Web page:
Aesthetics and the Brain

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[Via Boing Boing] A brain study released today shows that the human ability to appreciate aesthetics is based in the prefontal cortex, part of the brain involved in decision making. The scientists at the Balearic Islands University in Spain came to this conclusion by imaging their subjects' brains while looking at art and photography. According to the study, quoted in Scientific American, "'a phylogenetic change in the prefontal cortex could give way to the decorative and artistic profusion' in humans." [article]

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So beauty is in the prefrontal cortex of the beholder.

Also in the prefrontal cortex is a sort of moral sense. When it is lacking, Antisocial Personality Disorder results. Also known as psychopathy or sociopathy, it involves:

* Failure to conform to social norms * Deceitfulness * Impulsiveness * Irritability and aggressiveness * Reckless disregard for safety * Consistent irresponsibility * Lack of remorse (taken from http://psychcentral.com/disorders/sx7.htm )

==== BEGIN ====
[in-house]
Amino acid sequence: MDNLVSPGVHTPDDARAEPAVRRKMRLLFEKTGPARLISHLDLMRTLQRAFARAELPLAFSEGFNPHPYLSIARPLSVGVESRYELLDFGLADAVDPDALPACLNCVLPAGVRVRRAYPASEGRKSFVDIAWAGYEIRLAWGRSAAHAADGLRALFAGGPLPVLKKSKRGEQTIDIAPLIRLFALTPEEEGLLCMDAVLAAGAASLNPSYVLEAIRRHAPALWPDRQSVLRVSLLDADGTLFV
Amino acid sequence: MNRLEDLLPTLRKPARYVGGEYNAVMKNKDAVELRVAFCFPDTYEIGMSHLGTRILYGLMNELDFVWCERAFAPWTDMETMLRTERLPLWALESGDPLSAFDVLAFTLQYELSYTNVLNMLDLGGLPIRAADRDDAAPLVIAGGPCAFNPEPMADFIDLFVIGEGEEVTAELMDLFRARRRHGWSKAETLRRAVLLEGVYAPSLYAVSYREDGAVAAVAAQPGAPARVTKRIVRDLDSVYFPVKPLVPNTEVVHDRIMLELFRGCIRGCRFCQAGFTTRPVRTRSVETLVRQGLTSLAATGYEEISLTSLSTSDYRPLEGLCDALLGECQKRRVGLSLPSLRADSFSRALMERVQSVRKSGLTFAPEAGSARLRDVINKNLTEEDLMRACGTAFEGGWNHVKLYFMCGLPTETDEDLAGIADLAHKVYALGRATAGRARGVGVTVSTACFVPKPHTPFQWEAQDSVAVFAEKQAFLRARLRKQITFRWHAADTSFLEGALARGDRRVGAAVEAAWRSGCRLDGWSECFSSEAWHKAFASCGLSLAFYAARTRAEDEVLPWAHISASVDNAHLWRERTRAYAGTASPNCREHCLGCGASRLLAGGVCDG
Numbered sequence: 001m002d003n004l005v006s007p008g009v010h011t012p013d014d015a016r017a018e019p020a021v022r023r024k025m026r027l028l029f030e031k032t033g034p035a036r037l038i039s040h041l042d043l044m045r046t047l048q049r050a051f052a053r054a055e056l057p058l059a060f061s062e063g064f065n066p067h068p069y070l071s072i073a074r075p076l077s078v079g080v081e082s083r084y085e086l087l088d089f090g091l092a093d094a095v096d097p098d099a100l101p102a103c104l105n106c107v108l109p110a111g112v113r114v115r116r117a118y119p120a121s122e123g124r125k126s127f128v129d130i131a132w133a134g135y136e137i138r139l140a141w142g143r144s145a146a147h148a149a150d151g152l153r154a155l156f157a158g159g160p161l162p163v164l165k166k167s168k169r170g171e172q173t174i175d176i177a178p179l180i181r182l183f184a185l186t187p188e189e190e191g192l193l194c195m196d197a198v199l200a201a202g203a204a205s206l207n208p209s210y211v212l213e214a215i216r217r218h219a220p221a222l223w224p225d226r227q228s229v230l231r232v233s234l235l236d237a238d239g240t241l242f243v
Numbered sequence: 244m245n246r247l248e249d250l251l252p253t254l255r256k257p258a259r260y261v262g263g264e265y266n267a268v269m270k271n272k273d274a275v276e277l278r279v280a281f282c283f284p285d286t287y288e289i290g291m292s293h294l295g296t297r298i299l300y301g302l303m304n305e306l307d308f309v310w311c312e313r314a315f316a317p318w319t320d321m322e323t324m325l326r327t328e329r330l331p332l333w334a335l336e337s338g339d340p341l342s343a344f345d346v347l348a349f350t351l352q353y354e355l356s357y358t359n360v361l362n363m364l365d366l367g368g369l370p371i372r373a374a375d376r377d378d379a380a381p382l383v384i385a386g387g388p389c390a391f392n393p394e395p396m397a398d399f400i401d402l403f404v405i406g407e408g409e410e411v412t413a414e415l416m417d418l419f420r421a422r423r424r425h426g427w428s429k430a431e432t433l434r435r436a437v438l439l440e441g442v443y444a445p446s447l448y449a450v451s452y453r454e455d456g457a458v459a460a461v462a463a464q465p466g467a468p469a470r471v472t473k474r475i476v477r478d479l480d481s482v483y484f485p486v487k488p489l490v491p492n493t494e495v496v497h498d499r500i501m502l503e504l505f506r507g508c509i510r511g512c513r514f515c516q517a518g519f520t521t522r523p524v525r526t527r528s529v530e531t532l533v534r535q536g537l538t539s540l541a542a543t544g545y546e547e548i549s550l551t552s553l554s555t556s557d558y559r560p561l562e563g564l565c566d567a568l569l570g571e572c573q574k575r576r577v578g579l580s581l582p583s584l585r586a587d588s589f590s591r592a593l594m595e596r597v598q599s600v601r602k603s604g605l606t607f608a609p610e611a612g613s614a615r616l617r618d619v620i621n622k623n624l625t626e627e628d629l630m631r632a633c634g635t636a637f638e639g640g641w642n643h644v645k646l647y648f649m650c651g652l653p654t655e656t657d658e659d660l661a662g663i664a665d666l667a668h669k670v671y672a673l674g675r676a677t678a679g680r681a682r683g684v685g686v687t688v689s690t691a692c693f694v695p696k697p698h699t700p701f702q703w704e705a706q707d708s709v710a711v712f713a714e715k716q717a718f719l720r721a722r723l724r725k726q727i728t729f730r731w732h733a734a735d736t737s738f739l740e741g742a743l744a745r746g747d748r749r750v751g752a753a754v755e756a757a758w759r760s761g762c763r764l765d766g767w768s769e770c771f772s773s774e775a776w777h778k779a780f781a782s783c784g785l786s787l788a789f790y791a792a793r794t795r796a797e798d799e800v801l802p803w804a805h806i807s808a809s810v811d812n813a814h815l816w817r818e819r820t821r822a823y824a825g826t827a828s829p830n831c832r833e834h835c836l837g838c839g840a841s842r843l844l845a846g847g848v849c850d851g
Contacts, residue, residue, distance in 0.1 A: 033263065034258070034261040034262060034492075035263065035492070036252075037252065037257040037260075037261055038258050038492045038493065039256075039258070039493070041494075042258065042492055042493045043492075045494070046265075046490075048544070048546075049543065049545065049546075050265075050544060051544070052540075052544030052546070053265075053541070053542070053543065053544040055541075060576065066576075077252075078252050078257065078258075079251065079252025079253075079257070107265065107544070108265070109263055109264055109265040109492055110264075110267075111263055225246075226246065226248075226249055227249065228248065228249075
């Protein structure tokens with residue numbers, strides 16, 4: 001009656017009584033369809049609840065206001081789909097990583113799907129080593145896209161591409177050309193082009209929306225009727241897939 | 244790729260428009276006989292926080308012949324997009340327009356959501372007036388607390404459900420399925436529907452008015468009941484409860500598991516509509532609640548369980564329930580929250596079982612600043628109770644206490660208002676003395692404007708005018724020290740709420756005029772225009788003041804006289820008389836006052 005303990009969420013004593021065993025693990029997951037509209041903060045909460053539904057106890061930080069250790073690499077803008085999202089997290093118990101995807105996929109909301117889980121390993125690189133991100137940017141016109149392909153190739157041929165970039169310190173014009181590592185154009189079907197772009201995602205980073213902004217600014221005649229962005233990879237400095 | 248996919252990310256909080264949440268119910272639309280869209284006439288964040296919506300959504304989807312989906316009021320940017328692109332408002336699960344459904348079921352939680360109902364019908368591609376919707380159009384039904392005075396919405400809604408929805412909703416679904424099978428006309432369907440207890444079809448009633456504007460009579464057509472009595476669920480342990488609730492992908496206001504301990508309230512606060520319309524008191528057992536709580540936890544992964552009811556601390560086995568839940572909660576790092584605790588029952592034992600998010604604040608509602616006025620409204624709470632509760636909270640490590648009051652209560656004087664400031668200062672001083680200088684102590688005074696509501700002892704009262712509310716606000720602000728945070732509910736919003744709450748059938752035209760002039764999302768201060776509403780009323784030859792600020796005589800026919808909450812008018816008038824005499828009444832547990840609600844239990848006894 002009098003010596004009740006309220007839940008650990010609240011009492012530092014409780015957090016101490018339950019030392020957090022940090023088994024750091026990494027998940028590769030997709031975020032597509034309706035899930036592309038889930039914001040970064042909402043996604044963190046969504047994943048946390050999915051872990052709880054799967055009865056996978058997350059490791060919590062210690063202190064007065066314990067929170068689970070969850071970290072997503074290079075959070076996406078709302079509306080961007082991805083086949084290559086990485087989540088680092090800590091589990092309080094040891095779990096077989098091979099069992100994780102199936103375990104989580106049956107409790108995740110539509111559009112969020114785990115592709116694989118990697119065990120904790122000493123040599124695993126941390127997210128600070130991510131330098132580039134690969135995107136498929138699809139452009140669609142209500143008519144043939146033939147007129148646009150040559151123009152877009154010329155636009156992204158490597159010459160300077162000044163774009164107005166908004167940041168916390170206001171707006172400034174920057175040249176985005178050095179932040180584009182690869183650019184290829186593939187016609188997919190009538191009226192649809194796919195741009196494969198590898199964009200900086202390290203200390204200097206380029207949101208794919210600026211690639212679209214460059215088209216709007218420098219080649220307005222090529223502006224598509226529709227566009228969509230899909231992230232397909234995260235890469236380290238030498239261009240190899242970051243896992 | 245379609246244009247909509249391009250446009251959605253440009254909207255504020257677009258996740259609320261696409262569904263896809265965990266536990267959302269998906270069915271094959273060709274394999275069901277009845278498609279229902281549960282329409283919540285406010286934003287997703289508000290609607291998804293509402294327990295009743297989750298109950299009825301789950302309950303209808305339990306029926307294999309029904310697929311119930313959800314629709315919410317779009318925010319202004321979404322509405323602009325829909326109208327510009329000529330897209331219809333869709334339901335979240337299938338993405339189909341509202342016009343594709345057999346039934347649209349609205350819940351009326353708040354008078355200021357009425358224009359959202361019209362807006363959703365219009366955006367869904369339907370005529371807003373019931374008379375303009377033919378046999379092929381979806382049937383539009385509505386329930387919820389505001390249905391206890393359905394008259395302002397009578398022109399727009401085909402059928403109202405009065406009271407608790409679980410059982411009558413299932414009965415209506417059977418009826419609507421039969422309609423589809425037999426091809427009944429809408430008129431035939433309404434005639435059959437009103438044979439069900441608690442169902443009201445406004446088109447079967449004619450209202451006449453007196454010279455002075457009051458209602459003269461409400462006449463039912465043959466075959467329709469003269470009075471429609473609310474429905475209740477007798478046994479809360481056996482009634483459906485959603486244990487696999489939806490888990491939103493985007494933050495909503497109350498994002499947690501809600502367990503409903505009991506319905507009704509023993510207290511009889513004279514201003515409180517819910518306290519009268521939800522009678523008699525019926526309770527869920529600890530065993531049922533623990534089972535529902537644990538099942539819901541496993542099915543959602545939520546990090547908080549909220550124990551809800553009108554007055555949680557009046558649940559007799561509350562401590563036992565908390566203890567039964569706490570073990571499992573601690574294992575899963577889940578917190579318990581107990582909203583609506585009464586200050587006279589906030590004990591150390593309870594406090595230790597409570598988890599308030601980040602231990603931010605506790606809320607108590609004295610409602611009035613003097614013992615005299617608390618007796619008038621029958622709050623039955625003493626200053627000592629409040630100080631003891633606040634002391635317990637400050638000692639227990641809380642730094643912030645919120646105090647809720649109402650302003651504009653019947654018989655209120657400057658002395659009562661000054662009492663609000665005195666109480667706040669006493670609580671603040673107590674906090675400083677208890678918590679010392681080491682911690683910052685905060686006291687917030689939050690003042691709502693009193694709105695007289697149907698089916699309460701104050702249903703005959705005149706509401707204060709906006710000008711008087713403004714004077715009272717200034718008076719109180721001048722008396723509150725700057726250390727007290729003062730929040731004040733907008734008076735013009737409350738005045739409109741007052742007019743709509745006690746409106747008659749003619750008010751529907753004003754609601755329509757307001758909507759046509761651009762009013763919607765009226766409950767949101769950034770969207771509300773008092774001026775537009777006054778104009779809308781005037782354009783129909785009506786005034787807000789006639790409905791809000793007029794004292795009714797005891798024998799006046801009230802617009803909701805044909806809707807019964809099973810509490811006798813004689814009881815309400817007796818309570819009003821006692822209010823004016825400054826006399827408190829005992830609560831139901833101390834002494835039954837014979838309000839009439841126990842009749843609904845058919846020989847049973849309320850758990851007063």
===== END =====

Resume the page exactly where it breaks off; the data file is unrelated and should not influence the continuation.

Sufferers from APD can also be charming, which can enable them to escape punishment for their actions. Little children often have APD-like behavior, including being charming, but they typically outgrow it.

I’m not sure what adaptive value an esthetic sense may have; it may be a side effect of something else. However, some moral sense whose lack produces APD does seem like a good adaptation for sociality; one would

* Respect social norms * Be honest * Be non-impulsive * Be difficult to provoke * Be concerned about safety * Be responsible * Feel guilty about misconduct

It would be interesting to study how well-developed this brain region is in monkeys and apes, and if one can track its development in the hominid fossil record.

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This page contains a single entry by John M. Lynch published on April 16, 2004 6:28 PM.

New Polemic Outbursts by the Isaac Newton of Information Theory was the previous entry in this blog.

The Privileged Planet Part 3: The Anthropic principle is the next entry in this blog.

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